Importantly, the answer to the unique circumstances of the island of Ireland will not depend on how the future relationship of the EU and the UK pans out (paragraph 46). In other words, Northern Ireland is not held hostage for pressurising the EU into a “deal” for the UK to enjoy all the advantages of EU Membership while abandoning burdensome commitments. This is confirmed in paragraphs 49 and 50, whose convoluted language bears witness of late night negotiations: while the negotiators realise that the UK intends to avoid a “hard border” (as defined above) on the island of Ireland through its future relationship to the EU, there are three fall-back options, should this prove impossible.

First, the UK will propose “specific solutions to address the unique circumstances on the island of Ireland” – a phrasing which carefully avoids he term “special status”, without ruling out an equivalent to this.

Second, if the specific solutions are not achieved, the UK will maintain “full alignment” with aspects of the Internal Market and the Customs Union which support North South cooperation, an all-island economy and the 1998 agreement.

Third, paragraph 50 ensures that “no new regulatory barriers” between Northern Ireland and Great Britain may develop. However, as an exception, the Northern Ireland Executive and Assembly may agree distinct arrangements for Northern Ireland. Irrespective of such consensus, the UK will ensure access for Northern Ireland’s business to the UK internal market.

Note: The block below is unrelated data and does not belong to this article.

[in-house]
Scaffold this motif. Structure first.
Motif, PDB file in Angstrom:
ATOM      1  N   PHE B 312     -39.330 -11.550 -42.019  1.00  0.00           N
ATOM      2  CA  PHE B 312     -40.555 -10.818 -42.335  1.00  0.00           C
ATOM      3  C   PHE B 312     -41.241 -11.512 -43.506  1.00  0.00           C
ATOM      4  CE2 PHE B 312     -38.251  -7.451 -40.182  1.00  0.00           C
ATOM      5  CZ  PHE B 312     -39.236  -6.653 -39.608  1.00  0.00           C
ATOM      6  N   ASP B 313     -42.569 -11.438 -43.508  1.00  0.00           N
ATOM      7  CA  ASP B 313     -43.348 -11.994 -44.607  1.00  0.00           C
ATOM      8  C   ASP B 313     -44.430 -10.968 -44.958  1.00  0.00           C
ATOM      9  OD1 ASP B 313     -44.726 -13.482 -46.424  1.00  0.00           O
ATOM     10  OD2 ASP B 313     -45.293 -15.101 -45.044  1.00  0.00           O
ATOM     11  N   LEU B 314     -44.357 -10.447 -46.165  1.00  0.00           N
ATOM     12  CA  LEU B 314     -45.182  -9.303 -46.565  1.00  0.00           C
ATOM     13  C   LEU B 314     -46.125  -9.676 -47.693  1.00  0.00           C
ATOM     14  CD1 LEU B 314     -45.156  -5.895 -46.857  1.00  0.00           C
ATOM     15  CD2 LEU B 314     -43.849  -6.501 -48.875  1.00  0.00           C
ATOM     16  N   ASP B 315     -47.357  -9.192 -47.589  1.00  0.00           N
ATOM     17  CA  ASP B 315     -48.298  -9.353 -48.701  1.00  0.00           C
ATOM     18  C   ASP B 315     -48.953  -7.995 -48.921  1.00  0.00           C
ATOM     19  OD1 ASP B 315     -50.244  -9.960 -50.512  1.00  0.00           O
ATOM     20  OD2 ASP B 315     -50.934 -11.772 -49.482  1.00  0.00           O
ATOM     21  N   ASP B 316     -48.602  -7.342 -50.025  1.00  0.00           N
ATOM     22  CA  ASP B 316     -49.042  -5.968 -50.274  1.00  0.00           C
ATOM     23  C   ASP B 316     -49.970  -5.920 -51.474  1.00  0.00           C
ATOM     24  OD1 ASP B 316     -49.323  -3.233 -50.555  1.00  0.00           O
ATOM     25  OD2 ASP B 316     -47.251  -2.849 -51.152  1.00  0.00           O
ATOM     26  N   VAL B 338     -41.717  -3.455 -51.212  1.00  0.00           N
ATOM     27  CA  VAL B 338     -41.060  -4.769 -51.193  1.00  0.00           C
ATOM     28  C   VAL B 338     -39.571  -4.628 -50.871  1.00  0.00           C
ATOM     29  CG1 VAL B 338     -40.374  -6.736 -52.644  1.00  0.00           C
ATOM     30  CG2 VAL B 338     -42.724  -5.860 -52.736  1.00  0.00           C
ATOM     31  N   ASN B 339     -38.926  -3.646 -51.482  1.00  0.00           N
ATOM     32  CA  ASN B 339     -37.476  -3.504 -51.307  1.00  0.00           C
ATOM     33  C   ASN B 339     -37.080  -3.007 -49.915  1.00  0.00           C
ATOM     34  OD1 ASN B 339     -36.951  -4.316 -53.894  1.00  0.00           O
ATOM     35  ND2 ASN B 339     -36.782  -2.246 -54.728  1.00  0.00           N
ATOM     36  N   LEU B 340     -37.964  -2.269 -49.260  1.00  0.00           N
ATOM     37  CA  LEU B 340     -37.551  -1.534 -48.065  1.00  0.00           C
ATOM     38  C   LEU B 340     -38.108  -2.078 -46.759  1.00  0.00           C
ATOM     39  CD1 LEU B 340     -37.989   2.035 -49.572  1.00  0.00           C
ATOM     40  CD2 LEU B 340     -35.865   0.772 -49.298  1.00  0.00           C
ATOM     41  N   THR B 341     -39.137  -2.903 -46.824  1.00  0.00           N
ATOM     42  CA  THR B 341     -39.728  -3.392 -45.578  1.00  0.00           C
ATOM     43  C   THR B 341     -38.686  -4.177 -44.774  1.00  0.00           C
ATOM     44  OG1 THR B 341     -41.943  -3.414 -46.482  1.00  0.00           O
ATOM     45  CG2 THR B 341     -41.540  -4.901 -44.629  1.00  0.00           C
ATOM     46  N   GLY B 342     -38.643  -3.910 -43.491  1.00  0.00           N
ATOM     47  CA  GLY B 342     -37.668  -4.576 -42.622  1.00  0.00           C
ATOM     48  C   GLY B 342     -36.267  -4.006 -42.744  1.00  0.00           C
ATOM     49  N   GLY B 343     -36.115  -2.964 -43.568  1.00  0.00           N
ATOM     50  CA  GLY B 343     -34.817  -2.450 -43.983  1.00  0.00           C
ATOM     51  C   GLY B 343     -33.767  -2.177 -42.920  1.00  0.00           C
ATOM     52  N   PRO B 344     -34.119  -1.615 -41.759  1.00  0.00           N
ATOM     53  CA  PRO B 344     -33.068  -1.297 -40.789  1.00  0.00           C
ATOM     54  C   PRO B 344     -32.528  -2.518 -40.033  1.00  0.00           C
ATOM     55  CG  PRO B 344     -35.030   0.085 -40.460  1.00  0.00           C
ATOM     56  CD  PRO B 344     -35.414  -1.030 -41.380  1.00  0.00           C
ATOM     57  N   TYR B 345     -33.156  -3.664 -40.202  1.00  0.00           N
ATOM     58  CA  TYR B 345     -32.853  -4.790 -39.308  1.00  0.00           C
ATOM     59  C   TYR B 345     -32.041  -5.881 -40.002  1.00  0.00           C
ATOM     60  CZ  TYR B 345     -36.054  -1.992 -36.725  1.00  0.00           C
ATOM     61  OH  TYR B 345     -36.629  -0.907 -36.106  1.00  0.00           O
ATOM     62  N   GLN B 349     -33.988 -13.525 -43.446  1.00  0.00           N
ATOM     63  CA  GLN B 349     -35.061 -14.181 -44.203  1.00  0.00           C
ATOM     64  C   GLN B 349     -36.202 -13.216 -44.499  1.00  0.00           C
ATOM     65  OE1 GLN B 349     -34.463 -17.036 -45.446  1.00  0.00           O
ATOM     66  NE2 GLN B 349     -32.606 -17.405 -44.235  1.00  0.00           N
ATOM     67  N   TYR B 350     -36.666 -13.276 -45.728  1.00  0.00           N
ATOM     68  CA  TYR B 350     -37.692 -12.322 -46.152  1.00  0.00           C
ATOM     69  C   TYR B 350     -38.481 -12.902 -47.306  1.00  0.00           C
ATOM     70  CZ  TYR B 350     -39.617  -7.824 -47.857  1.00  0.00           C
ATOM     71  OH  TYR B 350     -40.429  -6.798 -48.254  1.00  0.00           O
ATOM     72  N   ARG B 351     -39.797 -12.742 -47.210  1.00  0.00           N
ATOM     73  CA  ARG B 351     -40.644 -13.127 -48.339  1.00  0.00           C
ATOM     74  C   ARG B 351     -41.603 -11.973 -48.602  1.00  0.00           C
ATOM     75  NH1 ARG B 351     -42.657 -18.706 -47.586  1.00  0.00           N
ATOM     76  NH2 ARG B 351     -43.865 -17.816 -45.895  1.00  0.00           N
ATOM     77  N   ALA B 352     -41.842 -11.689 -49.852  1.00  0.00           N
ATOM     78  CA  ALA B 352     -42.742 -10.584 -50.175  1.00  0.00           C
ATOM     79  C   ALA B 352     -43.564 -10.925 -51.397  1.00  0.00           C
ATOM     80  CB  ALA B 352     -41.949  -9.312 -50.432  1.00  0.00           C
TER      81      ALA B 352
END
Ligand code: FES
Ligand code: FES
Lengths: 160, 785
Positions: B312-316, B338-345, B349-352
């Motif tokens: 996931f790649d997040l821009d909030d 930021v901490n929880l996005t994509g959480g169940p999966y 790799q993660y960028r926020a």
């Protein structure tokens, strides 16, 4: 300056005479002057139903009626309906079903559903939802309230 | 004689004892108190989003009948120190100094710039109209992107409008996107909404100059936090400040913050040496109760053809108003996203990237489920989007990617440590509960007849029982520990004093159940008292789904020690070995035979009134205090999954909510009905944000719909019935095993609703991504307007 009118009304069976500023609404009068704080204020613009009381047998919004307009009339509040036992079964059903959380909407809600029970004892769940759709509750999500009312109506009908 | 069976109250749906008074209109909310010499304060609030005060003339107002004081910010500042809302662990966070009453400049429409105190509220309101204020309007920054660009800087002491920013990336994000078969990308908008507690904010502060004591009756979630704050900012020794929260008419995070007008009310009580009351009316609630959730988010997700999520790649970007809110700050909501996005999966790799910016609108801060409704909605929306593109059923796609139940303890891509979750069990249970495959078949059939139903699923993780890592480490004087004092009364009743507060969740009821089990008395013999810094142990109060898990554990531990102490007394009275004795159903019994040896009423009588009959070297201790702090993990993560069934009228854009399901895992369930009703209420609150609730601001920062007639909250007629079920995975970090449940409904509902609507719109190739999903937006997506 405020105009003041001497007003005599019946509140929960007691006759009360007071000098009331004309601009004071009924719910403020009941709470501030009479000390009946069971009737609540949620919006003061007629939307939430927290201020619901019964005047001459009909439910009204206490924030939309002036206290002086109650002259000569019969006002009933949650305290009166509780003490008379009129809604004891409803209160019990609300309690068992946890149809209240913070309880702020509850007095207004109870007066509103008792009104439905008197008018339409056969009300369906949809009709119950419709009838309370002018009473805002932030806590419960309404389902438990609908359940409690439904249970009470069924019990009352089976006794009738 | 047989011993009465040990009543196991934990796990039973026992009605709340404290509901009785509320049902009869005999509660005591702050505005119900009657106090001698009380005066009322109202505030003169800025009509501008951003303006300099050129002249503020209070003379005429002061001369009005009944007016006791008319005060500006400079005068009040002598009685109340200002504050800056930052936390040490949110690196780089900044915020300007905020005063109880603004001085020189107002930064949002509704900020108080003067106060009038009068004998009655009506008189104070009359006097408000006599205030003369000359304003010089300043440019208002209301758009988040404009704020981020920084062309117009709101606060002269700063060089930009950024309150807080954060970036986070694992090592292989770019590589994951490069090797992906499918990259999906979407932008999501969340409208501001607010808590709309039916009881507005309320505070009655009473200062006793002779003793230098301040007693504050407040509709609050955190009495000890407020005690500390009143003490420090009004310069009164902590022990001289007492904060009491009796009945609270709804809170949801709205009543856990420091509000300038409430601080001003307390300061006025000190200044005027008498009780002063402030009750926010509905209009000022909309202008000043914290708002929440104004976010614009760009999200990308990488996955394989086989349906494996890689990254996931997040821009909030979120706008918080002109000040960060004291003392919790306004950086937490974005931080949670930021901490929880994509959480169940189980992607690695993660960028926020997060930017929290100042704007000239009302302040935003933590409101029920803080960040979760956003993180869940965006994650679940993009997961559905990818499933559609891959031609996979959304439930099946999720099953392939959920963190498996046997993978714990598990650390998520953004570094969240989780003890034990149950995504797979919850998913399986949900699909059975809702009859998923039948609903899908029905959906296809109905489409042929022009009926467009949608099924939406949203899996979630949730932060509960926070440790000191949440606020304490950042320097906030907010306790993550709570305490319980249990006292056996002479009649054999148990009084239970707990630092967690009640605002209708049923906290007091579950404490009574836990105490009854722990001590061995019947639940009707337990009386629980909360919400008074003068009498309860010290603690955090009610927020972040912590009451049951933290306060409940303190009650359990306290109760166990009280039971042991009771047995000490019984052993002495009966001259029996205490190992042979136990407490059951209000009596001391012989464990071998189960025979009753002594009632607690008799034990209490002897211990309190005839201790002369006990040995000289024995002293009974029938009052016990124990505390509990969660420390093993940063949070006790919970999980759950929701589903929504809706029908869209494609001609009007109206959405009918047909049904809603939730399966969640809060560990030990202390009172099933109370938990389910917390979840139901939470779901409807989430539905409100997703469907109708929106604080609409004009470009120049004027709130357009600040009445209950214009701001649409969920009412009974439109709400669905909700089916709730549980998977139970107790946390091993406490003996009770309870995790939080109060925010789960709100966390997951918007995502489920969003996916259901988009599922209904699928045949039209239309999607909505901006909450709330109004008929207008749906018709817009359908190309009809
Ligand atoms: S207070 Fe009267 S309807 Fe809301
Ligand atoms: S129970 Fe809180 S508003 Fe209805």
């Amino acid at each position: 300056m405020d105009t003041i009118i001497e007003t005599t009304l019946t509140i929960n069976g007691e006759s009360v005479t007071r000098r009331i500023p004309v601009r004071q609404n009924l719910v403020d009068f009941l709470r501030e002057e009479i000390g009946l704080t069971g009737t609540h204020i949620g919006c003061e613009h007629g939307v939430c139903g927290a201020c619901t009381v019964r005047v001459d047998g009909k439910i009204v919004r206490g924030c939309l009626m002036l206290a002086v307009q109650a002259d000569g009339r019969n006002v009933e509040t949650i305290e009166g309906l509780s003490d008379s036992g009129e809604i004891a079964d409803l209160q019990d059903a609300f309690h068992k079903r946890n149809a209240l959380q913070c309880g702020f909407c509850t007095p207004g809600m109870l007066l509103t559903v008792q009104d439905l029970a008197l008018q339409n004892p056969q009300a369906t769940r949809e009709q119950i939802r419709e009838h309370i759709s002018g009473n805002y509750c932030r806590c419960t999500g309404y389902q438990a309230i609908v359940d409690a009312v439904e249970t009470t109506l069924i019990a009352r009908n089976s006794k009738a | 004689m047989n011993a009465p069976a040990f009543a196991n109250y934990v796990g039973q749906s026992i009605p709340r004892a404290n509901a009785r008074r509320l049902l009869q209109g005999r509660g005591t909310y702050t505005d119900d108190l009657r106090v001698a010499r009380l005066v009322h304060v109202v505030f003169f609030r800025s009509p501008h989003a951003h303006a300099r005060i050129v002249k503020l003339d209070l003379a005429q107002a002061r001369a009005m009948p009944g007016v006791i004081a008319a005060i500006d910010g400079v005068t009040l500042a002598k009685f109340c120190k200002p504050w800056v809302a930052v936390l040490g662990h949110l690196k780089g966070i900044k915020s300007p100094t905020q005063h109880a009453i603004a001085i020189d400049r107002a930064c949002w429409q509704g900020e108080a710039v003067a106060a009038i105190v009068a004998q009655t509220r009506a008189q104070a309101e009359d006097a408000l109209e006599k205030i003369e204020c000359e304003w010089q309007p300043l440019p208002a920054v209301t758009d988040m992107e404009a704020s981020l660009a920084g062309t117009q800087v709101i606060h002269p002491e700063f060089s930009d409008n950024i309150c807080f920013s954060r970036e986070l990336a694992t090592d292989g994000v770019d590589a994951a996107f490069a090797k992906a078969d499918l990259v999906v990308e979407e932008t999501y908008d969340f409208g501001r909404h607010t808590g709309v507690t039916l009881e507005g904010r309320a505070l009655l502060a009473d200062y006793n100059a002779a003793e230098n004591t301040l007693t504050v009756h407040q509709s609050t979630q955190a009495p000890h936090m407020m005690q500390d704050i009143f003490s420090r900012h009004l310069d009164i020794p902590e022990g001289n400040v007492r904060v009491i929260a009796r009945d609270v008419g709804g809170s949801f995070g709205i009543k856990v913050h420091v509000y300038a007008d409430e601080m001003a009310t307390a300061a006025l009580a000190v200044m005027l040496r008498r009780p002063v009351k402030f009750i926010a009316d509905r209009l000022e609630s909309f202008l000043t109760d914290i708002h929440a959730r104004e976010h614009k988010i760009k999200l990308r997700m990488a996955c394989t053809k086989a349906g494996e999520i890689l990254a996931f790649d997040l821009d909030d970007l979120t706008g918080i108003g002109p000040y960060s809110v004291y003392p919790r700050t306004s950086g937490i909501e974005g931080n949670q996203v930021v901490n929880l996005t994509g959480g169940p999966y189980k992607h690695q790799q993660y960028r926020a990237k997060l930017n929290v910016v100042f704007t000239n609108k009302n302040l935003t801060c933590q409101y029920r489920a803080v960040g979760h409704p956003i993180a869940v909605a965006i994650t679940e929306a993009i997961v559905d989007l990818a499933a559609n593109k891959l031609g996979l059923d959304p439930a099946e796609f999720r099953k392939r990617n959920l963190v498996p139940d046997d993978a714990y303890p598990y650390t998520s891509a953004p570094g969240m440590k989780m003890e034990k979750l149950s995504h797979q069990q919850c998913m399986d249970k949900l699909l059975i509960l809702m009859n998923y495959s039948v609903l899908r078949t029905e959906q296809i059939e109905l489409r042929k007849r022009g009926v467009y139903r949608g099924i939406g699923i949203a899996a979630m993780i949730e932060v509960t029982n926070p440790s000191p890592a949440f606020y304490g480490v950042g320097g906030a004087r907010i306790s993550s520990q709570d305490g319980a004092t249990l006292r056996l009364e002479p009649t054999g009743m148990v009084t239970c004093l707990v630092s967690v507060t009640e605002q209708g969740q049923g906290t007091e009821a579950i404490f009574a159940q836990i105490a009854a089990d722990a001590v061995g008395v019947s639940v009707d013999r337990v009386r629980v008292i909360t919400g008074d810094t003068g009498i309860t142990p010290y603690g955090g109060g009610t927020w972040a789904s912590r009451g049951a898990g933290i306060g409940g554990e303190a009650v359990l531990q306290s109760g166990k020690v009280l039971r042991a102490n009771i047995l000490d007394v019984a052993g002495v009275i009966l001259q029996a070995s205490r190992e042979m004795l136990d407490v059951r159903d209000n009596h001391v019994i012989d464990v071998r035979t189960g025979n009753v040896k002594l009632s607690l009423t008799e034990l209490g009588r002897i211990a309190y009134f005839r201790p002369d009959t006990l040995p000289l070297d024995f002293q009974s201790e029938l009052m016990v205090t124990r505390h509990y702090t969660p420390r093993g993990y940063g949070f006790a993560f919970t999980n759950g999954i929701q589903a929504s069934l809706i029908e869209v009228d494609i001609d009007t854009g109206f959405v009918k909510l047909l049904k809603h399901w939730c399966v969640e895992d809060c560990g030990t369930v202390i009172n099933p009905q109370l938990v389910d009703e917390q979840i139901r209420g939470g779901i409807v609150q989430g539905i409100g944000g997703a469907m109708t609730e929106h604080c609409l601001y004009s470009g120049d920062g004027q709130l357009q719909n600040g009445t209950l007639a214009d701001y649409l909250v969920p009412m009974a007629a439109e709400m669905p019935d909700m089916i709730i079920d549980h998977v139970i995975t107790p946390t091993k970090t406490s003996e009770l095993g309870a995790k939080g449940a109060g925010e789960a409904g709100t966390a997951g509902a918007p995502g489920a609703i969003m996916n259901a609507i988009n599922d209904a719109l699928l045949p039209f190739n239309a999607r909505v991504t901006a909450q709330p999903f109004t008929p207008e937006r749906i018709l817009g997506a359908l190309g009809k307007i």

Finally, there is recognition that Ireland’s unique geographical situation requires more than maintaining the 1998 agreement: the negotiation parties state that the transit of goods to and from Ireland via the UK will need specific attention (paragraph 56) – for some reason this does not apply to transit of people, though.

 

Circles still to square and postponed solutions

A number of circles remain to be squared. Number one is the avoidance of physical border posts and related checks on the island of Ireland in line not only with EU law, but also with WTO law. As has been confirmed by media interviews given by Pascale Lamy in late October, under WTO rules customs controls must be exacted at an external border of a custom’s union. However, Hongkong presents a precedent for part of a state to become an independent member of the WTO, and this would open the way for such a sub-state entity to join a regional customs union.

Nothing of this sort has been agreed in the first phase of the talks. The magic formulas of regulatory alignment and avoidance of regulatory divergence are thus not sufficient to achieve WTO compliance of a status without customs posts and checks. However, if the UK or at least Northern Ireland remains in the EU customs union, this problem is overcome. While the DUP despises any related controls in the Irish sea, these are neither excluded by the negotiation document nor despised by the majority of people in Northern Ireland, as a recent study shows.

As in the question of continued EU membership, the DUP position is not the position of the majority of unionists in Northern Ireland. However, wisely the negotiation document allows for achieving other solutions, including maintaining customs union membership of GB as well.

Without any doubt, regulatory alignment and avoidance of divergence are necessary to a certain extent to safeguard the integrity of the EU’s Internal Market. This is only true insofar as the Internal Market requires regulatory alignment. Contrary to wide-spread belief, the EU does not dependent on uniformity of its Member States’ laws. Just as within the UK  where devolution enables regulatory divergence in fields as diverse as abortion rights, gay marriage, equality legislation, employment legislation, regulation of NHS operation, agricultural policy and corporate tax rates, EU Member States remain competent to maintain national legislation. This is the origin of some divergence between Northern Ireland and Ireland already.